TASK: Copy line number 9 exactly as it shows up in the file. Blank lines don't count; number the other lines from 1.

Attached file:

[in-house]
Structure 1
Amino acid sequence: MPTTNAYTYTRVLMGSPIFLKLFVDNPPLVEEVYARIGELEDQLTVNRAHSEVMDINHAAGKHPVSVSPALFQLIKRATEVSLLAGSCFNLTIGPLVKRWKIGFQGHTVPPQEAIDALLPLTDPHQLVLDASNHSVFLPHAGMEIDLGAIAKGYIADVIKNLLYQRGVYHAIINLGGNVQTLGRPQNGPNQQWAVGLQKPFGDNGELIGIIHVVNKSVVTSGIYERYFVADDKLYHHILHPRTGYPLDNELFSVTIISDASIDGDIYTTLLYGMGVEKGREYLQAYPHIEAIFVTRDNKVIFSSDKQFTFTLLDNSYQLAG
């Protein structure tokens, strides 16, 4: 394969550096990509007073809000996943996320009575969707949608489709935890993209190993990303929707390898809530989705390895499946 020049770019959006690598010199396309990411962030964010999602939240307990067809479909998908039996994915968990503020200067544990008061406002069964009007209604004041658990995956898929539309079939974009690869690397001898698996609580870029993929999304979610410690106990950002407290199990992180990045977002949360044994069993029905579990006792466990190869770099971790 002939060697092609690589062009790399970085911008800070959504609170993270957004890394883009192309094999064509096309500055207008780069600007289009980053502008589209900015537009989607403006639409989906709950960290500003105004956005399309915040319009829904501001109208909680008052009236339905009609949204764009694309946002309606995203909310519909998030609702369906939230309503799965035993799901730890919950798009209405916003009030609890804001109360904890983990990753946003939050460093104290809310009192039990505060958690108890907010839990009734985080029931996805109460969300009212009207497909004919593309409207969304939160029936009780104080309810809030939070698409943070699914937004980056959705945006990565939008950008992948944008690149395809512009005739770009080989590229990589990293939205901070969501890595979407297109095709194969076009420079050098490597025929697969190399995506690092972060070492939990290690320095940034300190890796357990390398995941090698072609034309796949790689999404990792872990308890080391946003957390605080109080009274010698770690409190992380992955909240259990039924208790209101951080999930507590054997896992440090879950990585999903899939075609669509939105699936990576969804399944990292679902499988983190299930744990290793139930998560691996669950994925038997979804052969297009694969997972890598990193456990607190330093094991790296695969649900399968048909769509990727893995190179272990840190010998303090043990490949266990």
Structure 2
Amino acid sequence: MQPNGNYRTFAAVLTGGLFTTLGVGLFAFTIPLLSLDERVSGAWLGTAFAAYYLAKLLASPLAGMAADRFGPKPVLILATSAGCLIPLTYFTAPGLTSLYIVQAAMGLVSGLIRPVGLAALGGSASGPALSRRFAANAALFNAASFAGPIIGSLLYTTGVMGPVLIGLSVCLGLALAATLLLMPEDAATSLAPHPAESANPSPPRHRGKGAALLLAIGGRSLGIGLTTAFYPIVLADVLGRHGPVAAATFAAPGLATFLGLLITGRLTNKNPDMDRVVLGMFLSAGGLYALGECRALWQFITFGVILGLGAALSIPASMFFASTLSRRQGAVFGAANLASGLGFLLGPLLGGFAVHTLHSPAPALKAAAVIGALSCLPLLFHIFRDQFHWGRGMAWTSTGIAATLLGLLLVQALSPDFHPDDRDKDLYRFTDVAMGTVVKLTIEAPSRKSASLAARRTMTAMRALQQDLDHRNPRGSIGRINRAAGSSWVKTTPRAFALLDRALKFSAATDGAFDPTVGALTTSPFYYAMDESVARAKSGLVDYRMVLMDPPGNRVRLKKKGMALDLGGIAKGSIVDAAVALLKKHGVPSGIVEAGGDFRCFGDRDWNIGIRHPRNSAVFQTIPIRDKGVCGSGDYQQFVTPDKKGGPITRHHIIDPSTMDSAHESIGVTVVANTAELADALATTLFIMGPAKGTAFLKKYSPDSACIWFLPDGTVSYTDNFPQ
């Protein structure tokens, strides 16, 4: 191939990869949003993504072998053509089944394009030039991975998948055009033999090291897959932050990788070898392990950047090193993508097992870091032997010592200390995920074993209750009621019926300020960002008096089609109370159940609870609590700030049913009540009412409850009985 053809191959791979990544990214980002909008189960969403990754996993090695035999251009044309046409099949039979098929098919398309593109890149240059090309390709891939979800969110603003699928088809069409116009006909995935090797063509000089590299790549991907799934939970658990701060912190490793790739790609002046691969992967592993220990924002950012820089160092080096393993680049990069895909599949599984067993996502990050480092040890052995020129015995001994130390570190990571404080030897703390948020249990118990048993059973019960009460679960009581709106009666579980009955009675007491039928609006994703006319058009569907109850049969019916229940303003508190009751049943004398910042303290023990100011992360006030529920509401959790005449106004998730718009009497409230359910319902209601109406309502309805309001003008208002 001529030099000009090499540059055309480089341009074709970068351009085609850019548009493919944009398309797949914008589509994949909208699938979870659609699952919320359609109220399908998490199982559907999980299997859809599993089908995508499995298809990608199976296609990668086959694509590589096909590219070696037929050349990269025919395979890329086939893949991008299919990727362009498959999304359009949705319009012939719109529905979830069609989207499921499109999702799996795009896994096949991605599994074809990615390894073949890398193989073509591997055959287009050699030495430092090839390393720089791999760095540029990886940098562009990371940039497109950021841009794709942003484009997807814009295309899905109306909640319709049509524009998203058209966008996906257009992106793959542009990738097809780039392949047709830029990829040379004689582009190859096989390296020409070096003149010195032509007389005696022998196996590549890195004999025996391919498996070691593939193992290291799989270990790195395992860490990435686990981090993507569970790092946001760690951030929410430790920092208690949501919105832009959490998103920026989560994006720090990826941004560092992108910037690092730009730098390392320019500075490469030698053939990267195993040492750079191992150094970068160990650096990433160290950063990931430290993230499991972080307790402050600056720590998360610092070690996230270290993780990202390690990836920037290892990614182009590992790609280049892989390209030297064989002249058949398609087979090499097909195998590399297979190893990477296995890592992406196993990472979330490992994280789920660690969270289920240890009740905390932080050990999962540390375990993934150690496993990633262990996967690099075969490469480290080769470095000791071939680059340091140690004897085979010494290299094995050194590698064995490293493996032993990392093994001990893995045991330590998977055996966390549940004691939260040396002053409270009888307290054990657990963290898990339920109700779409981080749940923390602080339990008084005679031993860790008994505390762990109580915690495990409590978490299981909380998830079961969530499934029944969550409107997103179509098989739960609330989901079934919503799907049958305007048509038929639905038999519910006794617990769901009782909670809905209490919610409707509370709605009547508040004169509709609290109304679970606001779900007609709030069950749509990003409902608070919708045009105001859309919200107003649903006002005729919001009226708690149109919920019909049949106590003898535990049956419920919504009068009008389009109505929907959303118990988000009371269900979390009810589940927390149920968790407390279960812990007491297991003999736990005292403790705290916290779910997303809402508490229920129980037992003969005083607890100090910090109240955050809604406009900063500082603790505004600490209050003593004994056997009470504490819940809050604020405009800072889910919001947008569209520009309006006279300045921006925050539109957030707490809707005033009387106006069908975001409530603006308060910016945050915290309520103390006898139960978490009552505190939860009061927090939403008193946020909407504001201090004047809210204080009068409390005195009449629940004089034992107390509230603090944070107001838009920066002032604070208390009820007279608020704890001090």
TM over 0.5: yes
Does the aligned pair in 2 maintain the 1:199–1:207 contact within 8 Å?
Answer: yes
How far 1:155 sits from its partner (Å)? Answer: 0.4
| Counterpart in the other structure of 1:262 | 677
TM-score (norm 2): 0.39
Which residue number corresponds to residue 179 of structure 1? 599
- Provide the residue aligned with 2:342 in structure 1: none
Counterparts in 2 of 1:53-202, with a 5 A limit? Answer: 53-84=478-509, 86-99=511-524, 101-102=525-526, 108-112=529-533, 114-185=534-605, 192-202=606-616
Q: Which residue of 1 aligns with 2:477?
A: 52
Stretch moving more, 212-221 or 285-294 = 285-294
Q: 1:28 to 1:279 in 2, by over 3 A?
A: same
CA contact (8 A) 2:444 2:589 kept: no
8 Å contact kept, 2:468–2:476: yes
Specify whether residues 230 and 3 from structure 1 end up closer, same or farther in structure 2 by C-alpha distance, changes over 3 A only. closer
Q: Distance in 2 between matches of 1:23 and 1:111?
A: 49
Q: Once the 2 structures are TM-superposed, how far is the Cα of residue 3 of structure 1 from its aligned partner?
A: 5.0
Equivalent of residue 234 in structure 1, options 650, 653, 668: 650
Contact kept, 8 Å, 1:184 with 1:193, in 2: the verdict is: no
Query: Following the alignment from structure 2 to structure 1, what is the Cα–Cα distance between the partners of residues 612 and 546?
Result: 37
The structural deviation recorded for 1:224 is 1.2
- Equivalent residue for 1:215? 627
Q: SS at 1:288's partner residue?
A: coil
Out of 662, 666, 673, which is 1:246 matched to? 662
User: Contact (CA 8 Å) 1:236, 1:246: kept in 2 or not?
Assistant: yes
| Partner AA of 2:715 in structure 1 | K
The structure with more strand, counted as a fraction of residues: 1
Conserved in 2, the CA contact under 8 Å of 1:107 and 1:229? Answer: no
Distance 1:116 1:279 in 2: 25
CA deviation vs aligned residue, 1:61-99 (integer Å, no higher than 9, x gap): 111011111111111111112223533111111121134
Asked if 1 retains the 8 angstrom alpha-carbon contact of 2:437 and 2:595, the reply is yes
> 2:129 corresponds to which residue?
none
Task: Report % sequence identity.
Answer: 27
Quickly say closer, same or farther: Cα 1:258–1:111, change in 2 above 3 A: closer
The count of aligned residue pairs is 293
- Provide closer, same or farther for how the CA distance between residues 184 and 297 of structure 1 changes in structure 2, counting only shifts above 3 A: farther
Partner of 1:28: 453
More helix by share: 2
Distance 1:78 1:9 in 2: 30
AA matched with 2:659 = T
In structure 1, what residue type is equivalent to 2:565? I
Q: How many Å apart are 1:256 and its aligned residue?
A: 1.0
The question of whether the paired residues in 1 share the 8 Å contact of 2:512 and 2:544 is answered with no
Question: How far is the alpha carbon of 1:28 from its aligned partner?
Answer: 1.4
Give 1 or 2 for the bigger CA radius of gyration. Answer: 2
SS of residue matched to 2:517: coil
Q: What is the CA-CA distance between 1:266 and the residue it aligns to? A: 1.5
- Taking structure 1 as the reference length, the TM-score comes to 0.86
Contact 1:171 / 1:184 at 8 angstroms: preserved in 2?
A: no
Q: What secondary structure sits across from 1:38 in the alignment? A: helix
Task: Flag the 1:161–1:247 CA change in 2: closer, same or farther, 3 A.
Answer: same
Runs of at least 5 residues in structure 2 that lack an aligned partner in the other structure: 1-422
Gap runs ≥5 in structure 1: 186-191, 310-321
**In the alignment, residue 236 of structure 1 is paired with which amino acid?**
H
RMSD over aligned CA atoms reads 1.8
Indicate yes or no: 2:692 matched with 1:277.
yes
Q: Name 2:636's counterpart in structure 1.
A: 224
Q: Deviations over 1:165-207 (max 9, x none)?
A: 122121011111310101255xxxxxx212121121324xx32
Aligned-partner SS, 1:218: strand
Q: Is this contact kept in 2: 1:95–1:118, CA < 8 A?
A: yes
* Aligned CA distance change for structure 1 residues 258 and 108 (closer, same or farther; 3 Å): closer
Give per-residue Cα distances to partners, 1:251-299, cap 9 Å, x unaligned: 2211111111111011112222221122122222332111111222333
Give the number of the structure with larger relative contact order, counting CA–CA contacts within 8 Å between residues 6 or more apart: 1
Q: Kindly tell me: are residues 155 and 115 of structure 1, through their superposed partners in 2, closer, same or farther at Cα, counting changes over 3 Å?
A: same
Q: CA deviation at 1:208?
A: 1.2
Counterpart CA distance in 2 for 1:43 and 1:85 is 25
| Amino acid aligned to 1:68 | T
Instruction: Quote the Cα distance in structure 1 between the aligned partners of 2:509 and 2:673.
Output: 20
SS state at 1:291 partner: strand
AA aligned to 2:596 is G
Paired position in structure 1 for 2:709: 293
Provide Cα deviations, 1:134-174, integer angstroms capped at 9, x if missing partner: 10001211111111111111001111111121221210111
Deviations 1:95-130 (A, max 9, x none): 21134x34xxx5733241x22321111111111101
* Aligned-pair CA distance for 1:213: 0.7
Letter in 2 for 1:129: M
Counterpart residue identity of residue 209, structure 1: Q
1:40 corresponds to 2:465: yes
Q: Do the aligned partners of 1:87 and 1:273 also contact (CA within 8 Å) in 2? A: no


Does the aligned pair in 2 maintain the 1:199–1:207 contact within 8 Å?